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Crime of embezzlement comes in many forms

Denver Business JournalOn the Money
From the October 13, 2006 print edition

Financial crimes have become so commonplace these days that The Wall Street Journal now has a dedicated section titled, “Executives on Trial.”

Bernie Ebbers, behind the wheel of a Mercedes he had driven from Mississippi, drove into the Oakdale Correctional Complex in Louisiana on Sept. 27. Andrew Fastow, Enron Corp.’s former chief financial officer, was sentenced to six years in prison followed by two years of community service.

Both are examples of crimes arising from very complex and sophisticated legal and financial structures. They involve multiple business entities, simultaneous market trading, and interpretation of accounting rules so that true operating results were obscured and hidden.

However, the core of any financial crime is theft — taking what rightfully belongs to someone else. In the case where the thief has the right to use or hold the property of someone else, it’s called embezzlement — the seed from which springs all other forms of financial transgressions.

In other words, embezzlement is the fraudulent appropriation by a person for his own use of property or money entrusted to their care but owned by someone else. For example, a clerk or cashier can embezzle money from his employer; a public officer can embezzle funds from the treasury.

Embezzlement has ranked as America’s No. 1 financial crime for more than 30 years, and likely will hold that distinction for years to come.

Most embezzlement cases begin with an employee covering a small, short-term financial need with the intention to give the money back.

Basic internal financial controls can prevent or substantially reduce the opportunity for this to occur.

There are dozens of embezzlement schemes.

“Lapping” is one classic embezzlement scheme. It involves stealing a customer’s payment on an account and concealing the theft by applying subsequent payments from other customers to the first customer’s account.

Another classic scheme is through fabricated vendors or consultants. Any employee with authority to approve the payment of invoices can perpetrate this method.

In larger organizations, a midlevel employee may be able to approve invoices. The thief creates imaginary vendors and deposits checks written to pay the false invoices into his or her personal bank account.

In a recent case involving a large trade association, the CFO is alleged to have embezzled $2.5 million from the organization during a 13-year period through recurring payments to phony consultants.

Theft of cash receipts is the simplest form of embezzlement, usually perpetrated by insiders, simply by pinching incoming cash or highly negotiable instruments. This is particularly true in organizations that deal with a large number of relatively small transactions, such as utility payment processing centers and collection agencies.

Payroll fraud and embezzlement is where the embezzler adds the names of relatives or fictitious people to the company payroll, thus enjoying several salary checks each week instead of one.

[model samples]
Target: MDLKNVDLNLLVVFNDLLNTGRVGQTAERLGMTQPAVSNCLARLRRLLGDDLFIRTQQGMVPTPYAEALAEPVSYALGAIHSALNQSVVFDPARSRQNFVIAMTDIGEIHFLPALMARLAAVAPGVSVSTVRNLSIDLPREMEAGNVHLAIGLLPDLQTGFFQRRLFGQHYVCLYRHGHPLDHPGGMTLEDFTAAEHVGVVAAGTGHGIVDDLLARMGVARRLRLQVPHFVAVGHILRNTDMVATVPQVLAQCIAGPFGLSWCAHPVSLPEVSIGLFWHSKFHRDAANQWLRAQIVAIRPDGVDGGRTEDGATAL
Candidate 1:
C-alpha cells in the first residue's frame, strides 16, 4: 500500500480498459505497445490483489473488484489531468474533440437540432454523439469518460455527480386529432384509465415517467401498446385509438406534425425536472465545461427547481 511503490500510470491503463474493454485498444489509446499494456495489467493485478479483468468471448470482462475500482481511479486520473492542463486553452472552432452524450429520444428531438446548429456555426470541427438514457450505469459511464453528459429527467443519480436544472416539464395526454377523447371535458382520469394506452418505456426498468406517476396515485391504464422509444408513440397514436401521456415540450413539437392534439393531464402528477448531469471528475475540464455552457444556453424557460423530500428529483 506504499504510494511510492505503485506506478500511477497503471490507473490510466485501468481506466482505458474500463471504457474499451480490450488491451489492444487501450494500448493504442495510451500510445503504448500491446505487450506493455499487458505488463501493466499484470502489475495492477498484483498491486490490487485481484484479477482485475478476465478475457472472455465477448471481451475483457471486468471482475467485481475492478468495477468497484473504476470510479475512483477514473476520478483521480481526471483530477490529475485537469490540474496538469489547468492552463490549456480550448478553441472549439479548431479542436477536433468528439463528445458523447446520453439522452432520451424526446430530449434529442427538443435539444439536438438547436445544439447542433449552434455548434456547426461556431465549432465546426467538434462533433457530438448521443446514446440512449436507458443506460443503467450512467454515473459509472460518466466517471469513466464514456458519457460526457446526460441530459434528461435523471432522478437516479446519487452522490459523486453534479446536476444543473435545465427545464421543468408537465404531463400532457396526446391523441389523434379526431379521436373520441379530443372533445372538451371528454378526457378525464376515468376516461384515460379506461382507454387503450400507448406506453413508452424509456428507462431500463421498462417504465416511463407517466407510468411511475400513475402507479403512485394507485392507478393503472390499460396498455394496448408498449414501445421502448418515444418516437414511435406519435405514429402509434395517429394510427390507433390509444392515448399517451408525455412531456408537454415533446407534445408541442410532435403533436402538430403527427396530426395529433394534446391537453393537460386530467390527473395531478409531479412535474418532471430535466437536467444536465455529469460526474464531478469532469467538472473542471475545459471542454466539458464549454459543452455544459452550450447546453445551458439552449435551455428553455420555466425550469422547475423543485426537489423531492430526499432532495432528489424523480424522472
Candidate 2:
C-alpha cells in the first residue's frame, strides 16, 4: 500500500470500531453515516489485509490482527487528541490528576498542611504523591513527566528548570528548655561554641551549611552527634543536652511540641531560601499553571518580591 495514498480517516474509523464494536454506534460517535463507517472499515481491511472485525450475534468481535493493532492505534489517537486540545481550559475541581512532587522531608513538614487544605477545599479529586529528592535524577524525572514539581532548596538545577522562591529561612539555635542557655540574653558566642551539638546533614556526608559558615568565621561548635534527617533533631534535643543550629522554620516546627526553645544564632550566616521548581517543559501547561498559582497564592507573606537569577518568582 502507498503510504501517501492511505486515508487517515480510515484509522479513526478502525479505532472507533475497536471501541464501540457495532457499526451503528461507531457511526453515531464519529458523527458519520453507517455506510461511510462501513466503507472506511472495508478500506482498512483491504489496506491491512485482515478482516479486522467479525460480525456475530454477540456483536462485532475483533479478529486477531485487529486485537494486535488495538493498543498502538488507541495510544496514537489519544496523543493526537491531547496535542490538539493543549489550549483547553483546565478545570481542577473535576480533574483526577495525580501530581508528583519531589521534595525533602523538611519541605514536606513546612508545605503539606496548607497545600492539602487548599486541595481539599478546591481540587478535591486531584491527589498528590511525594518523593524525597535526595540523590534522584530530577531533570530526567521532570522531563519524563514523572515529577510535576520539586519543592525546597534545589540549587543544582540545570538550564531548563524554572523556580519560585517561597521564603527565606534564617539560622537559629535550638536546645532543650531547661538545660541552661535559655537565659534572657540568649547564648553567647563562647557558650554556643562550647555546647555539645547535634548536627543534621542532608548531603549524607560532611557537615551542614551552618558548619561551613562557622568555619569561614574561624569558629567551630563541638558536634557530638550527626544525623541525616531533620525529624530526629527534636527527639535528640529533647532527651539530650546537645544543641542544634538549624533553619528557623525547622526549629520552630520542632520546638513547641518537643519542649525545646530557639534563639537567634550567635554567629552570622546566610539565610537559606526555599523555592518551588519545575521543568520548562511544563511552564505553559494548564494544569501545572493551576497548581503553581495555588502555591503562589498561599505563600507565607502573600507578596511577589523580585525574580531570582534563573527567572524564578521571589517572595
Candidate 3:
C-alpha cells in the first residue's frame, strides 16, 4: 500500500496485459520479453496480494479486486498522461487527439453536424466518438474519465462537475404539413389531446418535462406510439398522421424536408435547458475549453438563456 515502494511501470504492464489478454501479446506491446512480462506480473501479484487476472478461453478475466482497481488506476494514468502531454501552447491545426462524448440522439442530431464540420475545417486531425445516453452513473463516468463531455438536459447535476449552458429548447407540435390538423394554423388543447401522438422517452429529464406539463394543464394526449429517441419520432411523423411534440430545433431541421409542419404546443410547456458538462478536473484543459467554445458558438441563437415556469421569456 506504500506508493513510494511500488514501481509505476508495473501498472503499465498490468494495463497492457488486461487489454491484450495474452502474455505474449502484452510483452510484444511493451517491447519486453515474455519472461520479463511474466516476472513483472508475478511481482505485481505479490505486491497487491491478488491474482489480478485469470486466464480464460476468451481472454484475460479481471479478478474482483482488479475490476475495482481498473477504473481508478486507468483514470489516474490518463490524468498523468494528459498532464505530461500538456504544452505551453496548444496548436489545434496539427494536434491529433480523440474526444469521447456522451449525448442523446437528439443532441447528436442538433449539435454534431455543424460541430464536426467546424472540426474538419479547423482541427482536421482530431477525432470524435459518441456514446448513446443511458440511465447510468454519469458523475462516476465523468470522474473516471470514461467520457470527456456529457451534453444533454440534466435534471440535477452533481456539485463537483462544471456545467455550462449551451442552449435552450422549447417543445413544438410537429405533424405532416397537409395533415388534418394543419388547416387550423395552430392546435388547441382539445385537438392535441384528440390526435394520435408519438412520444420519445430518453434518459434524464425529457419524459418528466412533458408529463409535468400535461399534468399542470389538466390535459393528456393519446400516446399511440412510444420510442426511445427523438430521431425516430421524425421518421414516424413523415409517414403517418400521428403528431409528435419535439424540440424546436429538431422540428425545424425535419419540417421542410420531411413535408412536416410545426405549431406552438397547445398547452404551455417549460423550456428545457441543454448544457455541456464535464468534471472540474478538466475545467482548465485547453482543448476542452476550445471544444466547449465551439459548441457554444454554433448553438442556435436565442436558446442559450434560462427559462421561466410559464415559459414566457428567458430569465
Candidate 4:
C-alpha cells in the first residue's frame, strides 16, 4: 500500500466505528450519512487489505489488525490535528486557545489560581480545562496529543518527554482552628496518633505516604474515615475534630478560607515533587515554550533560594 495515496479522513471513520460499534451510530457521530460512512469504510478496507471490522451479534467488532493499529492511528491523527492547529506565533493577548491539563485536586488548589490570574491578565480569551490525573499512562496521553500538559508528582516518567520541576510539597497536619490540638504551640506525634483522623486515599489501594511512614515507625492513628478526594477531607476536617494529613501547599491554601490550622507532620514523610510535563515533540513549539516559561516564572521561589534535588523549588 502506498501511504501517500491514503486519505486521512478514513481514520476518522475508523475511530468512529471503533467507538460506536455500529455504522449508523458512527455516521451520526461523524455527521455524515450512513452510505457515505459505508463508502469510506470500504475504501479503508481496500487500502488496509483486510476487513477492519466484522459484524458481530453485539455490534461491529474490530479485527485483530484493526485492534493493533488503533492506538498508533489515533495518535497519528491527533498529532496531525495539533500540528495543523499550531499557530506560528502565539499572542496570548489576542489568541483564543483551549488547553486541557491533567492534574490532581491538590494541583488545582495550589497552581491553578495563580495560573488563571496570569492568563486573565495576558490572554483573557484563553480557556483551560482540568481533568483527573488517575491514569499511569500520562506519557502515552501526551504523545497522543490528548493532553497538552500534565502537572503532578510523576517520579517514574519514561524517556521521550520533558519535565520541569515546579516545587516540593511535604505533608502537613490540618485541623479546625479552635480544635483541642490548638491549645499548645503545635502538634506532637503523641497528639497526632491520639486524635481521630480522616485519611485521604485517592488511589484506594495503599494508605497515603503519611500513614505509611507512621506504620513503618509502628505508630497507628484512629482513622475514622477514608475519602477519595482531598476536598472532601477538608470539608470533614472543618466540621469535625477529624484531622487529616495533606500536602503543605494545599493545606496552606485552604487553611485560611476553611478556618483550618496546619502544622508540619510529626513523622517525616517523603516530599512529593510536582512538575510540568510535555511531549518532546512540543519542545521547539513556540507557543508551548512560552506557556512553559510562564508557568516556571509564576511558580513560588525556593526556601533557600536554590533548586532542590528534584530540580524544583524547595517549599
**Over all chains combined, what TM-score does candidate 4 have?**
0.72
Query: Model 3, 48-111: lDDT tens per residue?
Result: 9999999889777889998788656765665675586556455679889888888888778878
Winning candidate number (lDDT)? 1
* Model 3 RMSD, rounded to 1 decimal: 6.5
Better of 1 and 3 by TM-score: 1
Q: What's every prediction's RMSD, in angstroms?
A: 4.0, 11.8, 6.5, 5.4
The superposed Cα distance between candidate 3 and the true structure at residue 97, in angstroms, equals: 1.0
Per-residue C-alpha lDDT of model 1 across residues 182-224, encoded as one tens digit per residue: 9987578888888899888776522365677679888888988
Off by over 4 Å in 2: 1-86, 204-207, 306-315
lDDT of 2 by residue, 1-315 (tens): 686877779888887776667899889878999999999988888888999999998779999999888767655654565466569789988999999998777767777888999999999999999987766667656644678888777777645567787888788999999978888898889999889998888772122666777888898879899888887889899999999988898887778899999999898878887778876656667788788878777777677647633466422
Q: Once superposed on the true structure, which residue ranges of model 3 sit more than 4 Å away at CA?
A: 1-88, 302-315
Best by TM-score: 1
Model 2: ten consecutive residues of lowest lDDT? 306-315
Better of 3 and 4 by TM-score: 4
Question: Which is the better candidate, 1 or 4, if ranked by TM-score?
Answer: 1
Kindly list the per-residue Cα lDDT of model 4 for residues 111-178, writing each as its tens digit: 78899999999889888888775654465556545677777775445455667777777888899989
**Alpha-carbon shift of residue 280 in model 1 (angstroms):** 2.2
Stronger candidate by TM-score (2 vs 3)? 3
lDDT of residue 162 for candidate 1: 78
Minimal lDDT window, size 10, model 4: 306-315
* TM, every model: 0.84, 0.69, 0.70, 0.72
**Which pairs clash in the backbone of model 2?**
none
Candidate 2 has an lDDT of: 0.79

Some other examples, and things to look out for, include:

  • Pocketing cash payments from customers and not posting the charge or payment.
  • Opening a checking account under a false name, then writing a “customer refund check” to that name.
  • Handing the busy executive a stack of checks to sign, including an extra one.
  • Falsely recording past-due accounts as written off or settled, then collecting from the customer.
  • Purposely paying a bill twice, then intercepting and pilfering the resulting refund.
  • Manipulating account balances through online computers, making “adjustments” to accounts, particularly dormant accounts.
  • Hiding merchandise, cash, computer data and account information in the trash for later retrieval by an accomplice.
  • Always making a copy of the bank statement first, and then using white-out to change the balance to cover what was taken.

Jarmila Pencikova with Osler, Hoskin & Harcourt LLP of Toronto, and Doug Miller with Kahn Kleinman, LPA in Cleveland, presented the following profile of an embezzler:

  1. Completely trusted and never checked.
  2. Several years service with firm.
  3. Rarely takes vacation/holidays.
  4. Secretive and rarely delegates to others.
  5. Personal/family health or financial problems.
  6. Lifestyle inconsistent with income.
  7. Rumors of affair or drug/alcohol abuse.
  8. Unusually close relationship with vendor.

Generally, these embezzlers are motivated by greed, fear, denial and revenge. Many thieves steal from their employers as a way of getting revenge for actions the employer has taken that the employee believes to be unjust, discriminatory or corrupt.

A KPMG survey in 2002 reported that the average incident goes on for 18 months before detection.

More than half the time, the crime is exposed only through a tip or by accident. Furthermore, less than 11 percent of embezzlers are caught as a result of external audits.

As business owners, individual investors, and customers of potential embezzlers, it behooves us to pay attention to the basics. Offshore bank accounts, special-purpose corporations and off-balance sheet accounting make for interesting reading.

But they’re all just a form of stealing called embezzlement.

© C. Stephen Guyer for American City Business Journals Inc. All rights reserved.